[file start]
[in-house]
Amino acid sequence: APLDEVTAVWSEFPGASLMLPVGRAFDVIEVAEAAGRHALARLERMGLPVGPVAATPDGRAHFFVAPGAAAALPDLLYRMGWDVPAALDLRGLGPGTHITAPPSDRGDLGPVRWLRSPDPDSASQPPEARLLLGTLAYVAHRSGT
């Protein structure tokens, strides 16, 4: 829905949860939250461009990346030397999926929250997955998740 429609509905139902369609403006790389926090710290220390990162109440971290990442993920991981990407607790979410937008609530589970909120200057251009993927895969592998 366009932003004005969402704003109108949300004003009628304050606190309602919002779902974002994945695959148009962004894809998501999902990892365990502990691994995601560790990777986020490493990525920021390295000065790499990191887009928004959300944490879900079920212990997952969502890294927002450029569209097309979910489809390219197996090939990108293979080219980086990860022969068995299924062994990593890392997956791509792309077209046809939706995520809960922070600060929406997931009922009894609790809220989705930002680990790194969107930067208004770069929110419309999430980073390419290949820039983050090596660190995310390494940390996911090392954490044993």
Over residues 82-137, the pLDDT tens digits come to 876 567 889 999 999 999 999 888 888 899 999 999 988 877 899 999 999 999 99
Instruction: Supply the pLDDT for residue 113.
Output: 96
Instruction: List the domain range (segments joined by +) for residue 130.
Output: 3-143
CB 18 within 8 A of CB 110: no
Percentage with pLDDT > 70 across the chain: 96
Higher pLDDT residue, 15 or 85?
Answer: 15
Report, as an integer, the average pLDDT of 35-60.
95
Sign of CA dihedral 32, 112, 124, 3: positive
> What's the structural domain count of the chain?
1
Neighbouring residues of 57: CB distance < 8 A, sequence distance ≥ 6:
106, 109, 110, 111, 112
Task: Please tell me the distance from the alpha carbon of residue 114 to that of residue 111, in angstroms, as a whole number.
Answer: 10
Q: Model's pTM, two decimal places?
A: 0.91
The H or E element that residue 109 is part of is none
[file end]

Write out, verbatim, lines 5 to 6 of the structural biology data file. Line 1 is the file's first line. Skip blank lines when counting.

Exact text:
Instruction: Supply the pLDDT for residue 113.
Output: 96